In Frozen, family dynamics ice over an entire kingdom and the thawing process takes down some of the typical Disney formula with it. The latest Disney animated movie is an earnest and refreshingly unwinking princess story with plenty of conflict, but no easy villain, and nice romance, without the ultimate fate of any character depending upon it. It’s not a total evolution for the studio, but nor should it be. Despite some staleness, the Disney formula isn’t broken and certainly has its charms, with big-eyed storybook characters, beautifully designed and exquisitely shaded landscapes, and heartfelt schmaltzy fairy tale endings. But this new film, like Tangled, Disney’s 2010 riff on Rapunzel, takes the raw materials of an old story, this time Hans Christian Anderson’s “The Snow Queen,” and injects into it a great deal of musical charm and surprising psychological depth. Tangled built its drama out of a smothering mother/daughter relationship warped by mother’s wicked witch status. With Frozen, there’s a hint of magic powers powering sisterly tensions that explodes in metaphor to be thrillingly resolved.
Jennifer Lee’s screenplay is a built on a relationship between two sisters, a dynamic rarely explored seriously, let alone allowed to power the entire plot of a major Hollywood family picture. Here, the sisters are Elsa and Anna, princesses in the kingdom of Arendell. As giggly little girls, they’re best friends, eager to play with slightly older Elsa’s magical abilities to generate and manipulate ice and snow. But a near tragedy leaves Elsa feeling shame. She remembers what happened, how she nearly caused the death of her sister with her growing powers. Her parents, understandably worried, close the gates of the kingdom and sequester Elsa, the better to keep Anna safe unaware of her sister’s capabilities. But Anna doesn’t remember her near-death experience and so reads the events as an inexplicable icing over of a beloved relationship. This is a rather nuanced and powerful exploration of sibling dynamics, and it comes to drive the conflict of the story to come.
Through a series of misunderstandings, Elsa ends up in self-imposed exile at the snowy top of a mountain and it’s up to Anna to find her and bring her back to the kingdom. Their falling out is infecting the whole kingdom, Elsa’s uncontrollable powers unwittingly sending Arendell into a permanent winter, at least until this situation is resolved. There’s a great blue, purple and white color palate to the iced over land. It gives new meaning – and good metaphoric use – to having an icy relationship with a relative. The script allows both women to grow slightly into their young adulthood, finding maturity through crisis, and learn how to love each other, magic power or not. The plot depends upon it. So does their relationship and, by extension, their kingdom.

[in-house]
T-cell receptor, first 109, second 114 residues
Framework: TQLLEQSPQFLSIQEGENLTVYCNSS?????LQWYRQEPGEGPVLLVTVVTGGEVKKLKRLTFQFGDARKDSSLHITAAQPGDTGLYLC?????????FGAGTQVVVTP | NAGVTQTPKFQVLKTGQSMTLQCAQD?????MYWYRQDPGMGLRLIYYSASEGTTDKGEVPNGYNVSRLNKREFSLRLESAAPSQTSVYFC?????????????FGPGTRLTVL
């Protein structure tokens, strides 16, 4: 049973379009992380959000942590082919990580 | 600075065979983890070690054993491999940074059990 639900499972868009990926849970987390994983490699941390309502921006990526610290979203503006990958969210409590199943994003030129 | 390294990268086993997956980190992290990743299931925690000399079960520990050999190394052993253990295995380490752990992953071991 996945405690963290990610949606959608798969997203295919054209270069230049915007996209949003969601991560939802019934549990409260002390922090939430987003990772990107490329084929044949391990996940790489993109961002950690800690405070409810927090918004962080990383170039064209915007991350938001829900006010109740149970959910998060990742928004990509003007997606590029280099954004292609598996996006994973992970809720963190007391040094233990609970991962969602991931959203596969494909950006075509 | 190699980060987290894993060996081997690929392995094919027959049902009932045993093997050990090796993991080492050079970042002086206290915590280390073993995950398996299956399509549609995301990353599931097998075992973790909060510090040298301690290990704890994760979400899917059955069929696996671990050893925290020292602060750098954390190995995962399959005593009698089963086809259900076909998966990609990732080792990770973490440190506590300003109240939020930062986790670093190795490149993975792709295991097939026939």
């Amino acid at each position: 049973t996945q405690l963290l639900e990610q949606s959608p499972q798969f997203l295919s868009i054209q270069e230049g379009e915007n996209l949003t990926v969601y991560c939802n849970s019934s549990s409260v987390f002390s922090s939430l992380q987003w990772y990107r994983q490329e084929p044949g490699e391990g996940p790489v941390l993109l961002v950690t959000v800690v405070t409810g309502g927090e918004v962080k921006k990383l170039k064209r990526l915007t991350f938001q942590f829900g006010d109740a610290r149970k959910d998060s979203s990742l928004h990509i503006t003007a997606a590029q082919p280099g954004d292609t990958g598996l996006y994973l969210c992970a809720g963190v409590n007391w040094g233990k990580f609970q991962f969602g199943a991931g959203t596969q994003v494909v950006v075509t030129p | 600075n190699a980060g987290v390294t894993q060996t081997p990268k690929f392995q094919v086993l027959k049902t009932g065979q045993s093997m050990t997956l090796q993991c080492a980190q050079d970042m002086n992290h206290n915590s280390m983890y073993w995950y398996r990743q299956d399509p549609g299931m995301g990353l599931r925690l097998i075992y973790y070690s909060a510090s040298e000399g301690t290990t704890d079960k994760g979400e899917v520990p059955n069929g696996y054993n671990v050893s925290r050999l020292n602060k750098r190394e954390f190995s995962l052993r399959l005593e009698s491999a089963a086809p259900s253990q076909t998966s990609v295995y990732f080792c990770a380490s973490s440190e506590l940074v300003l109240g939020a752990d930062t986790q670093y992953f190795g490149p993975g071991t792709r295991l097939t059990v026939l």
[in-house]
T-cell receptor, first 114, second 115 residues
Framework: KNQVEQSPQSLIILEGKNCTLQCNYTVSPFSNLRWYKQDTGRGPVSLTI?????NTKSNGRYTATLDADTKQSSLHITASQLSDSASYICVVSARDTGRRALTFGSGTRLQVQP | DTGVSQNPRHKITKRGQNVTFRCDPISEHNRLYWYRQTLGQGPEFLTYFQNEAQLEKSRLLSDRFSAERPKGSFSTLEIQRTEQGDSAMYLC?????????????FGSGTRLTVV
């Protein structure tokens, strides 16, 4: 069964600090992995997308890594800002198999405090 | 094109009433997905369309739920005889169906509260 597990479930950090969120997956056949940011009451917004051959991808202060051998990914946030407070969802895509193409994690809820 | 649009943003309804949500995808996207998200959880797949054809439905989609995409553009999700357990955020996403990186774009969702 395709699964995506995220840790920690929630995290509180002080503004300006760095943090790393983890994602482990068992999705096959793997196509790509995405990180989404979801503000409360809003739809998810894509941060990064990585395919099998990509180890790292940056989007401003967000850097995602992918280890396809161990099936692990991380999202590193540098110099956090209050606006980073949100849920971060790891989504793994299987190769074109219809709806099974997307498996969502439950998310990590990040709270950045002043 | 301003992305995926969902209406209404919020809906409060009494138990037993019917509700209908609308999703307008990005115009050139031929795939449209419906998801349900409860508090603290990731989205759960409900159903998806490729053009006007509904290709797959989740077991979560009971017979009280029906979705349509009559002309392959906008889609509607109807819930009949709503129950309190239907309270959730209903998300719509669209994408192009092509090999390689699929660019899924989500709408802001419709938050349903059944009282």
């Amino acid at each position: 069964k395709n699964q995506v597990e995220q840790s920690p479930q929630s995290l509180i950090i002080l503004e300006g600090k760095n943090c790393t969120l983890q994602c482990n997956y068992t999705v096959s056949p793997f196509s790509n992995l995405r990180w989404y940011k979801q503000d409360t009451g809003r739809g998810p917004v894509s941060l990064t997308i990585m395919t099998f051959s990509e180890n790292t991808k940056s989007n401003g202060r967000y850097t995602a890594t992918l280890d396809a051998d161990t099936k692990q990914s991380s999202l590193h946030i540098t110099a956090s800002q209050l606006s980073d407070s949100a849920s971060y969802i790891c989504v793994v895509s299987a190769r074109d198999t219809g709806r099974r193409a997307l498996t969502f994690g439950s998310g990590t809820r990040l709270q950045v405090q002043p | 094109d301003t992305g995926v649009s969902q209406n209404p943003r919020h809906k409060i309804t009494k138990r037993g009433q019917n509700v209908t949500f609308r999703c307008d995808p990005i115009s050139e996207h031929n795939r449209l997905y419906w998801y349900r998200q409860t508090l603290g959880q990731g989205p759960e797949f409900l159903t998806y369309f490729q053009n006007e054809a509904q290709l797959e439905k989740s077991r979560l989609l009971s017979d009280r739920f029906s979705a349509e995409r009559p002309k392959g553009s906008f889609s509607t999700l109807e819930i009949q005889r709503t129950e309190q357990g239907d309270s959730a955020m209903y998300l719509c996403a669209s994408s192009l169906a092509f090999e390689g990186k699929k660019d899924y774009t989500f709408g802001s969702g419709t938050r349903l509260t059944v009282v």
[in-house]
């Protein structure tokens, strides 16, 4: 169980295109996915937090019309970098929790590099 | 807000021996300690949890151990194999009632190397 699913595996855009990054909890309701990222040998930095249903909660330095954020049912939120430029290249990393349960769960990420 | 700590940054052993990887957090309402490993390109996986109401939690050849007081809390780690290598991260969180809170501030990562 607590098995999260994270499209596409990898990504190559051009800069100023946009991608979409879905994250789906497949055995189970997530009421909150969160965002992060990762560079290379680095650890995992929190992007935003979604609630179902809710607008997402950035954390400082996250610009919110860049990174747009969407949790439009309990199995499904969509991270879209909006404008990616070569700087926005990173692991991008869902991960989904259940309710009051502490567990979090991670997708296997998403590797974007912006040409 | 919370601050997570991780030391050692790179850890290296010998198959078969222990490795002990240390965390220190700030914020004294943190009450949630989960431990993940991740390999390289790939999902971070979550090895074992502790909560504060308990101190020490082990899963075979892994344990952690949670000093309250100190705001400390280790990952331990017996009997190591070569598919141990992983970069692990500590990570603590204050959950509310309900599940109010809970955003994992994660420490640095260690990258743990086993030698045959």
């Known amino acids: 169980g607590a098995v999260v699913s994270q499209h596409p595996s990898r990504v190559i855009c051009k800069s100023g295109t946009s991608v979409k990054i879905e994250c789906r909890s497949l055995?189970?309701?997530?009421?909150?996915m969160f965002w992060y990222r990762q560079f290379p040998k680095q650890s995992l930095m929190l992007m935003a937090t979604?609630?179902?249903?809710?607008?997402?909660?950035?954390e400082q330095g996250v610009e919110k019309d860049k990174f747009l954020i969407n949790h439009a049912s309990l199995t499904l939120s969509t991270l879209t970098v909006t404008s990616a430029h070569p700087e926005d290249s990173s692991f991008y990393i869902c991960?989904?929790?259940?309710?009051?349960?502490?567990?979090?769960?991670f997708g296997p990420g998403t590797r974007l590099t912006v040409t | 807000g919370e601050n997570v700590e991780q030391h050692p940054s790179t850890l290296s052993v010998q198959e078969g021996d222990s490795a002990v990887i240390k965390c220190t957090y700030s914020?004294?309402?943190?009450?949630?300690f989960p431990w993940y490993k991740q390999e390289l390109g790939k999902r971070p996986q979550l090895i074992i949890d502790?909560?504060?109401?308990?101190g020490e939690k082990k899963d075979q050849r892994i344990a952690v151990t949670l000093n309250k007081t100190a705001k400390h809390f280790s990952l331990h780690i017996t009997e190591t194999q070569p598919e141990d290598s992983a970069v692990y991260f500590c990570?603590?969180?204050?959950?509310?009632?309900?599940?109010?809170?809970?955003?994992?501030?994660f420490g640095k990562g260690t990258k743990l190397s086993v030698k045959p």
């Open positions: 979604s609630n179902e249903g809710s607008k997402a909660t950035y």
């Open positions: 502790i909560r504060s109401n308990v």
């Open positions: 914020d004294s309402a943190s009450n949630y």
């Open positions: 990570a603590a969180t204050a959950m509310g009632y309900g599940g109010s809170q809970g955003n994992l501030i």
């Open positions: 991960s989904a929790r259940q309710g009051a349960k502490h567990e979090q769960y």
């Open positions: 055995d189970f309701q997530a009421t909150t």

Elsa and Anna are charmingly and expressively voiced by Idina Menzel and Kristen Bell. They imbue their roles with nuance, wit, depth of feeling, and a fine sense of sisterly tensions and affections. They have great voices, relaxed, funny, and tearful, before leaping octaves and scaling effortlessly into terrific pop ballads and Broadway numbers of the kind associated with the Disney Renaissance style of the 90s, with memorable music and lyrics by veterans of 2011’s Winnie the Pooh and Disney Channel’s Phineas & Ferb, Kristen Anderson-Lopez and Robert Lopez. Bell’s the star here, shouldering the bulk of the journey to the mountaintop and the struggle to reconcile sisterly differences and getting a few witty songs along the way. But it’s Menzel who gets the showstopper yearning ballad in which she begins the process of learning to love herself for who she is. It’s a family movie about princesses that’s all about how they get along by embracing what makes them unique and bolstering their self-confidence. What a refreshing sight.
Elsewhere in the story there’s a handsome prince (Santino Fontana) and a handsome young ice merchant (Jonathan Groff). The former starts out looking like the romantic figure, but stays behind, wishing Anna good luck on her journey, while the latter ends up helping her, tagging along as sidekick and maybe potential love interest. And, perhaps in a concession to Disney formula, Anna is joined by obligatory comic relief in the form of a big puppy dog of a reindeer and a small, funny, sentient snowman. He’s voiced by Josh Gad and gets a sort of clever little song about how much he wants to see summer. The little guy grew on me as the main characters make their journey and run into exciting complications.
The movie is a comfortable and comforting blend of Disney old and new. Directors Chris Buck (co-director of 1999’s Tarzan) and Jennifer Lee (in her directorial debut) oversee a production with sparkling fractals of visual delight, with rounded edges in the backgrounds and of the character design and giving it the best computer animated approximation of the studio’s hand-drawn house style. The music is lush and stuck in my head as I type this now, easily passing the leaving-the-theater-humming test.
Though I was enjoying the voice work, the dazzling animation, and wonderful songs, it surprised me how invested I was in the story. It’s involving enough I managed to wonder (or worry?) for a moment or two that Disney wouldn’t provide us with an uncomplicatedly happy ending. But maybe best of all is the way the conflict is built entirely out of the sister’s relationship and the villainous or romantic complications don’t ultimately factor into its creation or solution. Frozen’s commitment to making and keeping these princesses fully formed characters with a deeply felt relationship makes the film so satisfying and moving, even as it’s still a grand Disney entertainment in the best sense.